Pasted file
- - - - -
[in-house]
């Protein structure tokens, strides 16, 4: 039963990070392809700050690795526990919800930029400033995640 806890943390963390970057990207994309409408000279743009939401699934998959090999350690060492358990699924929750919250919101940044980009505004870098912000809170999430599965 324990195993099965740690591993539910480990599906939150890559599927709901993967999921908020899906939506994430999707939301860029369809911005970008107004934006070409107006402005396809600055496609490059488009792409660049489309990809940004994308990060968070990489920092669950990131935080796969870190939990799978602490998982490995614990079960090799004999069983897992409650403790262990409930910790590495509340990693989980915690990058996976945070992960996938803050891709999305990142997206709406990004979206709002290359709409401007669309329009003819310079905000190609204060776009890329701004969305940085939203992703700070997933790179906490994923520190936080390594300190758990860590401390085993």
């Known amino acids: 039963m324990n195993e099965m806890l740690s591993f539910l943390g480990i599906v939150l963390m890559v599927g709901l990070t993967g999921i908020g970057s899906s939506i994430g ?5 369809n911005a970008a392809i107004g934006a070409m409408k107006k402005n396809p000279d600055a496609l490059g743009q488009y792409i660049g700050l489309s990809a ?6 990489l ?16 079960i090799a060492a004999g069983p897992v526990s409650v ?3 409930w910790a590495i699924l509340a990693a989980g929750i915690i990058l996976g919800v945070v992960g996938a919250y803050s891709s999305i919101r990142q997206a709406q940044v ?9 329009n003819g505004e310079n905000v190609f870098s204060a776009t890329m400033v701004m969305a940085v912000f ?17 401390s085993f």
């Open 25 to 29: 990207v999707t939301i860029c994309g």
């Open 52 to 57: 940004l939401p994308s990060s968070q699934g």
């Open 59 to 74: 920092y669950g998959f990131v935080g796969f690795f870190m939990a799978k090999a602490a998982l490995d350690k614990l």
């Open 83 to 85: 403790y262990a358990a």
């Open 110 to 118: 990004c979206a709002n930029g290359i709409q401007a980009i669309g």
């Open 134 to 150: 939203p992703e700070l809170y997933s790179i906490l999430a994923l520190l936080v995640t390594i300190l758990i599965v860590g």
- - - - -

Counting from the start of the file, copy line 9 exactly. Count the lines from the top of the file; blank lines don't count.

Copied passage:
């Open 134 to 150: 939203p992703e700070l809170y997933s790179i906490l999430a994923l520190l936080v995640t390594i300190l758990i599965v860590g």